I don’t know how you feel about that. But I am worried.

The decline and fall of American democracy, and therefore, America itself, will shake the stability of the world to its core. Russian troops are massing on the Ukraine border, because Russian leader Valdimir Putin is, at the least, testing the resolve of the U.S. to do anything.

U.S. President Joe Biden and allies have warned of “consequences” if Russian invades the Ukraine. They would likely be more economic sanctions.

The possibility of war is hanging in the balance. It must be noted that any war between Russia and its allies, and the U.S. and it’s allies, would be fought to a large extent in cyberspace, where Russian operatives have already had much experience attacking the U.S., by interfering in the 2016 presidential election in support of Trump.

Am I getting carried away? I actually hope so. But if the last few years have told us anything, it’s that anything is possible.

In the meantime, I keep my hopes up as best I can by, first, going for morning and evening walks with the dogs.

This morning the sun rising through a line of trees to the southeast was enough to stop me for a while. Then on the way back I was struck by how much in a few minutes the sun had risen over the trees.

And that led me to think about how for ages people believed the apparent movement of the sun meant the Earth didn’t move, and therefore must be the center of the universe. In the 16th Century a pretty smart guy named Nicolaus Copernicus, a Polish mathematician, astrologist and man of many talents, wrote a book that proved otherwise. It was titled, De revolutionibus orbium coelestium (On the Revolutions of the Celestial Spheres). A Roman Catholic canon himself, he was praised by other learned people, but also strongly criticized by protestant and Catholic church leaders alike for many years.

Nicolaus Copernicus, who put the sun back in it’s right place

Copernicus, being human, worried that might happen, and delayed publication of his book, until shortly before he died in 1543. But even so, he was hopeful: he believed the truth did not diminish, but rather glorified the wonder of Creation; and the day would come when others would see that.

So, thinking about Copernicus raised my hopeful spirits. And then later in the day, I baked bread, and that always helps.

“To know the mighty works of God, all this must be a pleasing and acceptable mode of worship to the Most High.”– Nicolaus Copernicus.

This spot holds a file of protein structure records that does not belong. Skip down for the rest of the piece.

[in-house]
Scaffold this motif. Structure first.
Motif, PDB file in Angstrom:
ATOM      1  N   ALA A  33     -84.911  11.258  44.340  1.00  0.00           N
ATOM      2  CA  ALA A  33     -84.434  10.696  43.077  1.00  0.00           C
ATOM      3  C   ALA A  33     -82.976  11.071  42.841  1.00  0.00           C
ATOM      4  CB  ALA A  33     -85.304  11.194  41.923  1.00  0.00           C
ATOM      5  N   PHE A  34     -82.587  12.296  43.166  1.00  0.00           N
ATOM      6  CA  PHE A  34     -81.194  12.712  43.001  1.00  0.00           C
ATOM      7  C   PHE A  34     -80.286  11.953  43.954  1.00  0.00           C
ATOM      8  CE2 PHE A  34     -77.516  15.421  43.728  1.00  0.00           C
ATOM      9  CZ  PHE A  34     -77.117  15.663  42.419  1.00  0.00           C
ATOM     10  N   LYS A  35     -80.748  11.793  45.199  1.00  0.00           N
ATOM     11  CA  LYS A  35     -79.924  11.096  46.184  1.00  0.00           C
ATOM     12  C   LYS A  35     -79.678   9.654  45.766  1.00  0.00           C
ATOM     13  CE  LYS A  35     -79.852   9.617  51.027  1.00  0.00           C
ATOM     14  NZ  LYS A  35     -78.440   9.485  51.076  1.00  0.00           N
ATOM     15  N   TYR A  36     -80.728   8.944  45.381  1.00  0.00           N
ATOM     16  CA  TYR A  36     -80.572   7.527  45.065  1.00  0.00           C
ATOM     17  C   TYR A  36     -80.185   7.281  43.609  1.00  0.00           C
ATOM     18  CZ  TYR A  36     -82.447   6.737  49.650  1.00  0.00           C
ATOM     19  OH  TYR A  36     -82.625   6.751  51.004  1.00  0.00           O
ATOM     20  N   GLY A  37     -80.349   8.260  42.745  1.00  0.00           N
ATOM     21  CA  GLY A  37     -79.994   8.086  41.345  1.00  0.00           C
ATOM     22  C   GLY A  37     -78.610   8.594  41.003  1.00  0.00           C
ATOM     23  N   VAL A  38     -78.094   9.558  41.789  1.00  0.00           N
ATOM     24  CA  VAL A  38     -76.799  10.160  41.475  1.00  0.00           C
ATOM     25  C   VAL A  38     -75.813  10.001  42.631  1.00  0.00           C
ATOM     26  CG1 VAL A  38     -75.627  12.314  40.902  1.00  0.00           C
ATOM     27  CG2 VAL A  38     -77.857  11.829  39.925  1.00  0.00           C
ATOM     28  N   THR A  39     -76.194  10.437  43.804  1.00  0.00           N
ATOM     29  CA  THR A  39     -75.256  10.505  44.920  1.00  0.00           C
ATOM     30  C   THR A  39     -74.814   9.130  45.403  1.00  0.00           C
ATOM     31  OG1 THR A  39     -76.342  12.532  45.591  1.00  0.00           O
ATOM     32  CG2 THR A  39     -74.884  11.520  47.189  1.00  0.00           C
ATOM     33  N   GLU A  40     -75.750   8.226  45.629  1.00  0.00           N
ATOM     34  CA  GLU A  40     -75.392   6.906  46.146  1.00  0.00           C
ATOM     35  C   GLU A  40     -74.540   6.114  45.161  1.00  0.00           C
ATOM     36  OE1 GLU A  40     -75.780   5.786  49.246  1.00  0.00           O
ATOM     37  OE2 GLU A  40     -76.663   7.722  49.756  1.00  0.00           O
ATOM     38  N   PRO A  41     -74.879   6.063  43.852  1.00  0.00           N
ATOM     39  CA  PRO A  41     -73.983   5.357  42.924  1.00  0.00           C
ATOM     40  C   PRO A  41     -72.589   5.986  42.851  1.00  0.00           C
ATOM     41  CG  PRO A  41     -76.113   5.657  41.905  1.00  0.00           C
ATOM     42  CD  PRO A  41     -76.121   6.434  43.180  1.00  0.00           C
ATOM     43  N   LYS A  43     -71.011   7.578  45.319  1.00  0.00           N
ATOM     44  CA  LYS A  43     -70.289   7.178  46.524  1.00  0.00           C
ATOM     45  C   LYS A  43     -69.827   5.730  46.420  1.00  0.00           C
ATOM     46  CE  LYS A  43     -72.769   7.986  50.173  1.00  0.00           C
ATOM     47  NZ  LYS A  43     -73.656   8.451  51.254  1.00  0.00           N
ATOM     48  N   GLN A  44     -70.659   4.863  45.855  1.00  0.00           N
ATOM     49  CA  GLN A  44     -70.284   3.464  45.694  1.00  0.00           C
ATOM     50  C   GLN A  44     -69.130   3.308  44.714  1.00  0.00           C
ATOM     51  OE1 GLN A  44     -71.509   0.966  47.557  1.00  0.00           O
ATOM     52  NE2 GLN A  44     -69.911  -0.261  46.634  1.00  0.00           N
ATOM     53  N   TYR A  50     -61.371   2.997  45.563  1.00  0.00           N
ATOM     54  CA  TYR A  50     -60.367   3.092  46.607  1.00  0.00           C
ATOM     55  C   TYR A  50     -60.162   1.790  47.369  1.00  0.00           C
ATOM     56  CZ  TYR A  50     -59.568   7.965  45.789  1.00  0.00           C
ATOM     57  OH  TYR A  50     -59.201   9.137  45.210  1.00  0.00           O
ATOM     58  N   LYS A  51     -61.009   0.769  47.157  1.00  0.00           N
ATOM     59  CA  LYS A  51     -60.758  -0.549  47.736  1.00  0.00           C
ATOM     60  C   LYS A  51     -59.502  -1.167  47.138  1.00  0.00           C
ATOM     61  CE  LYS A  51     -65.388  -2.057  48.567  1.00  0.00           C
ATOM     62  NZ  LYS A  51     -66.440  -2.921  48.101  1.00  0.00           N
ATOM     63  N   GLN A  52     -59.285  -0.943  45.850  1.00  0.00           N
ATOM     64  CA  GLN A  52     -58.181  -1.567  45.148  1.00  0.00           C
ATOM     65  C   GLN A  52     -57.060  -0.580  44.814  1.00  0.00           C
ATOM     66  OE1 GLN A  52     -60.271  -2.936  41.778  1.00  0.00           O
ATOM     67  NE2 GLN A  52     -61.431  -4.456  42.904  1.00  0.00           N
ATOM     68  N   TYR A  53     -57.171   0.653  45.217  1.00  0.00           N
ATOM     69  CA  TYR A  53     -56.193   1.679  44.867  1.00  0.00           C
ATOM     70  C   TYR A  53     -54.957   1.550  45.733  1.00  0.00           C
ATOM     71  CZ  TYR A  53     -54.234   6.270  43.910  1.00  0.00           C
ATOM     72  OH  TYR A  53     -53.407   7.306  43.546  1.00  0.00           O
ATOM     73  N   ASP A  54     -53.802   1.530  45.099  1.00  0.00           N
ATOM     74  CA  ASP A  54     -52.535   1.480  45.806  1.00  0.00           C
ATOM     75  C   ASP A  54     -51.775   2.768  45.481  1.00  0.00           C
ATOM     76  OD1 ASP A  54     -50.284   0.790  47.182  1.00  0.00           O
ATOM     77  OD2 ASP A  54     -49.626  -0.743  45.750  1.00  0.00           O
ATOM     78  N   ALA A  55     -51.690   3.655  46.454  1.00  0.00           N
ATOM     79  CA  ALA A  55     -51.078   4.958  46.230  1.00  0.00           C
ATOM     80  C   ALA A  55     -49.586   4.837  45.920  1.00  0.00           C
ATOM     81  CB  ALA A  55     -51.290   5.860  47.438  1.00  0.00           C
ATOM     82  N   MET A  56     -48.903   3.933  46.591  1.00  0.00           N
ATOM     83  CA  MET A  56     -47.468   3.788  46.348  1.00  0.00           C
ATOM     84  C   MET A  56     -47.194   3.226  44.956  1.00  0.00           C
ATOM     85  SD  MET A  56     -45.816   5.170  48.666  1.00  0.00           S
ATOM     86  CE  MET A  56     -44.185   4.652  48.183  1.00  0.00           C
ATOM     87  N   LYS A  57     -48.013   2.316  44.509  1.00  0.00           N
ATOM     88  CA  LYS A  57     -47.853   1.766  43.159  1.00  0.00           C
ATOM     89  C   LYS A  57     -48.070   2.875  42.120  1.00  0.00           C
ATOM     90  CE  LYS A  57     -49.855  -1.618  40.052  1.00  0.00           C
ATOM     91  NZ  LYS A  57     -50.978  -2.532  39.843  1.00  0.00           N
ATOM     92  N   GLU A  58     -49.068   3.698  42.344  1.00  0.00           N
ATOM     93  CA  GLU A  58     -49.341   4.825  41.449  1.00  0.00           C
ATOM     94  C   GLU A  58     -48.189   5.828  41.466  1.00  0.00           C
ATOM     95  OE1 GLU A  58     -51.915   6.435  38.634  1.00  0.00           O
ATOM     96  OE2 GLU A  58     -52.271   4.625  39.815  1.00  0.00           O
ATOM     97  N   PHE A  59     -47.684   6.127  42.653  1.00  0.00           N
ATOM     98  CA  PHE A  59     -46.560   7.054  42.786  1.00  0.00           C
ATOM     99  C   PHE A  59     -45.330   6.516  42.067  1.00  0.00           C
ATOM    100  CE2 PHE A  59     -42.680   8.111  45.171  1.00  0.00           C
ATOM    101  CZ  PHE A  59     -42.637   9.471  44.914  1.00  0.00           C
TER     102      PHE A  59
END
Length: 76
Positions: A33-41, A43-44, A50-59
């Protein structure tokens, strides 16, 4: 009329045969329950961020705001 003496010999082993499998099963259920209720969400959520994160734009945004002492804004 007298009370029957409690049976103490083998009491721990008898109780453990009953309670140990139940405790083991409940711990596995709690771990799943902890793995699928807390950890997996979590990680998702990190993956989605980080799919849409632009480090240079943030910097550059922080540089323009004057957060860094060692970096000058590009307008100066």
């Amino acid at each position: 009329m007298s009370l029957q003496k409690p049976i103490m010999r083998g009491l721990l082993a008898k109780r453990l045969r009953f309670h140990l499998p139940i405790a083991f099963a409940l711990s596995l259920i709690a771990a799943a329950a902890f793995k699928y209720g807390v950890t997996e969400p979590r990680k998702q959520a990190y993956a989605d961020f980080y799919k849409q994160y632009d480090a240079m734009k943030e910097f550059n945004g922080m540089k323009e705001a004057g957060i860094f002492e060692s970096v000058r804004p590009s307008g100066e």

Morning thoughts (1)

Morning walks down Cathedral Drive had become routine; something I had to give myself a little push to keep doing, because the dogs needed a walk, and so did I. And because the touchstone, the turn-around point, was down that way. But my habit of touching it while saying a prayer was at risk of becoming an empty gesture, symptomatic of … what? An increasing old-age weariness settling in? the usual seasonal disorder? Mild depression, or more?

Something had to be done. This would never do: no way to end one’s life. Hadn’t I just messaged back a friend to offer a hopeful thought: not to despair, because “anything is always possible.”

I decided to refresh the morning walks by, in anticipation of that, taking my camera along to record an image of whatever thought-inspiring moment might appear. Then, post it here as the first of a daily series of ‘Morning thoughts.’

At the end of the long driveway I realized I had forgotten the camera. Just as well, I thought; after all, hadn’t we, my online friend and I, decided after just such a moment earlier this fall, that it was better not to ‘capture’ and thus diminish the wonder of it all.

And, of course, it happened again.

The sky above on this mid-November morning appeared to be well overcast. Heading north along Cathedral, the air was still. Young ash trees along the east side of the road stood bare and unmoving. A few small, red apples still clung on the branch of a wild apple tree. The dogs, with eager interest, savored a fresh scent, of deer, likely. In the low light of this cloudy morning, the moss on the touchstone had that luminous quality I have also noticed at dusk as the light is fading.

On the way back I plodded along, my eyes looking down on the gravel road. I Looked up, and then I saw it: just over the tree-line to the south-east, a narrow band of brighter sky; the rising sun not quite breaking through, but trying to.

I looked away for a moment, then back, to see the bright orb of the sun shining through; not entirely: its light was still somewhat filtered through thinner clouds. But there it was: brave sun on a cloudy day.

I thought for a moment of having forgotten my camera, of maybe getting back to the house soon enough to hurry back with the camera but realized the moment would not last. And so it was.

Still, it was enough to lift the spirit. Let the day begin.

A rare treat, and a blessing

Just when things were starting to look dark and dreary, I was called to go over to the raspberry batch and receive a rare treat and a blessing: late season raspberries in Hope Ness, Ontario, Canada on September 14. Within a few minutes, with the humming background music of bees doing what they do, I filled a container with a Canadian quart (1.14 litres) of freshly picked raspberries.

I found myself thinking of you again, Wilma, and how you so perfectly chose the perfect place to start this raspberry patch: in full sun most of the day for the growing season, near a roof that made sure it was well watered, and on well-drained ground. It remains a thriving testament to your love of gardening.